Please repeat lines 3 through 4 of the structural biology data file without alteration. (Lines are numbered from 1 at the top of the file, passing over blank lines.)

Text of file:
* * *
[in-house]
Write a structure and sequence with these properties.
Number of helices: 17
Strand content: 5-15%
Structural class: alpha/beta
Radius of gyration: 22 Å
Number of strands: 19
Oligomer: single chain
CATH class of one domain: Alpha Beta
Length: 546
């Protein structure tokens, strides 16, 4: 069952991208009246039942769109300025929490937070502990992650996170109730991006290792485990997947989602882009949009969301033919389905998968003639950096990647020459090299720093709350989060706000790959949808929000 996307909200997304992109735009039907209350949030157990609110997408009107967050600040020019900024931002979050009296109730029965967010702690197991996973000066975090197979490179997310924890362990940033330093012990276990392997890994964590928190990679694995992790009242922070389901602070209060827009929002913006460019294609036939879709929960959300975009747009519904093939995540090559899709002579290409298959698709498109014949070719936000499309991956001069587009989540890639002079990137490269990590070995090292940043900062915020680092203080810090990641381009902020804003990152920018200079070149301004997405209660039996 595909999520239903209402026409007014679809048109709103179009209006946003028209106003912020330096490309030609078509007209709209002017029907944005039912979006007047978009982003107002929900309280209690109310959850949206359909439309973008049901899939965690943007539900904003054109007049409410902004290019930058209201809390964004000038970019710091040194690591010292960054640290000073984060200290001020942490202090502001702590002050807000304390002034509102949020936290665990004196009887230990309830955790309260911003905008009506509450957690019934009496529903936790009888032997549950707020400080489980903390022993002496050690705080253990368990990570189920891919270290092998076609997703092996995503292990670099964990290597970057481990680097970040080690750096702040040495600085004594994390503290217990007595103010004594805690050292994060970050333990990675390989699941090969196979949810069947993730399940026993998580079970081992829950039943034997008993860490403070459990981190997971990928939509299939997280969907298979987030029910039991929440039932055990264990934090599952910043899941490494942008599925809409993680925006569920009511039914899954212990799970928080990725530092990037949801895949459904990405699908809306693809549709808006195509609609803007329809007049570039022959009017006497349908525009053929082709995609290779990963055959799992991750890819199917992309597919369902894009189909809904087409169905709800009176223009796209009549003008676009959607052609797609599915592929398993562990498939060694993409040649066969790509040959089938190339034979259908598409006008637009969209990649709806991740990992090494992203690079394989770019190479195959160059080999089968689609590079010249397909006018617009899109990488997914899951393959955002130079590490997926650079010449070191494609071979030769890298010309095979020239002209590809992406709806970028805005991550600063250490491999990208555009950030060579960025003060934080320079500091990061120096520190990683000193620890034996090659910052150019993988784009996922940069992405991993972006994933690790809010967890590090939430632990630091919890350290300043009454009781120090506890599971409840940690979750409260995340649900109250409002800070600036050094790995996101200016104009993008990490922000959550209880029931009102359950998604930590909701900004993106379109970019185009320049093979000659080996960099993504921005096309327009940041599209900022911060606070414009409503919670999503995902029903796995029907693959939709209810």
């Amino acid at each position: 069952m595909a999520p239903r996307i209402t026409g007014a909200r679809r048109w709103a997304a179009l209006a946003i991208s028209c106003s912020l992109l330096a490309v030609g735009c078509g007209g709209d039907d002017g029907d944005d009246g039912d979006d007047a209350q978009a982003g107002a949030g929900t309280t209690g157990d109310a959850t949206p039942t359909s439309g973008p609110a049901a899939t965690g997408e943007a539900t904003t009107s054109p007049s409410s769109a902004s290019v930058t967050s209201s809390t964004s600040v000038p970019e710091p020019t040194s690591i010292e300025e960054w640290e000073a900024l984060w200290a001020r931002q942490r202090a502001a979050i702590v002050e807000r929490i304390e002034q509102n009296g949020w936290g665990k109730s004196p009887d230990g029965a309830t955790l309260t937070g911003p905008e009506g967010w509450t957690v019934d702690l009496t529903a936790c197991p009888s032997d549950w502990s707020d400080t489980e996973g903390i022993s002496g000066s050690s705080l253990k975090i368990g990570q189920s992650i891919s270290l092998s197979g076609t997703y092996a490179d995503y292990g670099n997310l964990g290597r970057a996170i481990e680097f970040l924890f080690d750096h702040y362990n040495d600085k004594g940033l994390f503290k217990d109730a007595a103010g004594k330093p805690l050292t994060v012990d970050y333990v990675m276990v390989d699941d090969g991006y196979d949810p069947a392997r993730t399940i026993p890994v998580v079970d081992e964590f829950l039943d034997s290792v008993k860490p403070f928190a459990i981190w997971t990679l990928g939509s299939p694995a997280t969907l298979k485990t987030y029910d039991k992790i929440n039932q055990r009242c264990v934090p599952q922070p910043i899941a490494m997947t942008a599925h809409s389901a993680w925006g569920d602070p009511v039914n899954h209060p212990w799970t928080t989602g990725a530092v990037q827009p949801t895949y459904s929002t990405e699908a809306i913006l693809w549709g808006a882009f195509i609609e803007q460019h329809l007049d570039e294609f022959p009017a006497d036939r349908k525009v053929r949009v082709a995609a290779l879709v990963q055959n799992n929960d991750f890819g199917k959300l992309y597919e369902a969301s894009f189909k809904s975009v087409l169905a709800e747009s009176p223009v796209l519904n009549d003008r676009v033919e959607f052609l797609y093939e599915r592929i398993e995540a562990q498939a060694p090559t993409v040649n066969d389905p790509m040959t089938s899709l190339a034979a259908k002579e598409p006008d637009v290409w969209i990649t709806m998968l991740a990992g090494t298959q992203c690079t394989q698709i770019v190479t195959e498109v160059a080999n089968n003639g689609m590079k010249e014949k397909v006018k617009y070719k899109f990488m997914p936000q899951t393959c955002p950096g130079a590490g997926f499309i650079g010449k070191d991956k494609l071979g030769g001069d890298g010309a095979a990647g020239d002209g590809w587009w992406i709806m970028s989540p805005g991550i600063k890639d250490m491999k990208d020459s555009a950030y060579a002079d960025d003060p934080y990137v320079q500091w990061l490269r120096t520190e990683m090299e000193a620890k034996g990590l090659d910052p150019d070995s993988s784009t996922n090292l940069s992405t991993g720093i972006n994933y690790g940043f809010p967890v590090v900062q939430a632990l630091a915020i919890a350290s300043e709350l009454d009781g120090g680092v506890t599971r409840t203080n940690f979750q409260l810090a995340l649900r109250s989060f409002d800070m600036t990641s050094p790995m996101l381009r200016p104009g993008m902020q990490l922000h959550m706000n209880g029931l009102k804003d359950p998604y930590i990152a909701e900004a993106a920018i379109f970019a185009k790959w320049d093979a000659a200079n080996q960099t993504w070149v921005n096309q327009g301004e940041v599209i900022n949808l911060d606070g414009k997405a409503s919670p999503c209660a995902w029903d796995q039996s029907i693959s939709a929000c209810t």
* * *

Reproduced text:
Number of helices: 17
Strand content: 5-15%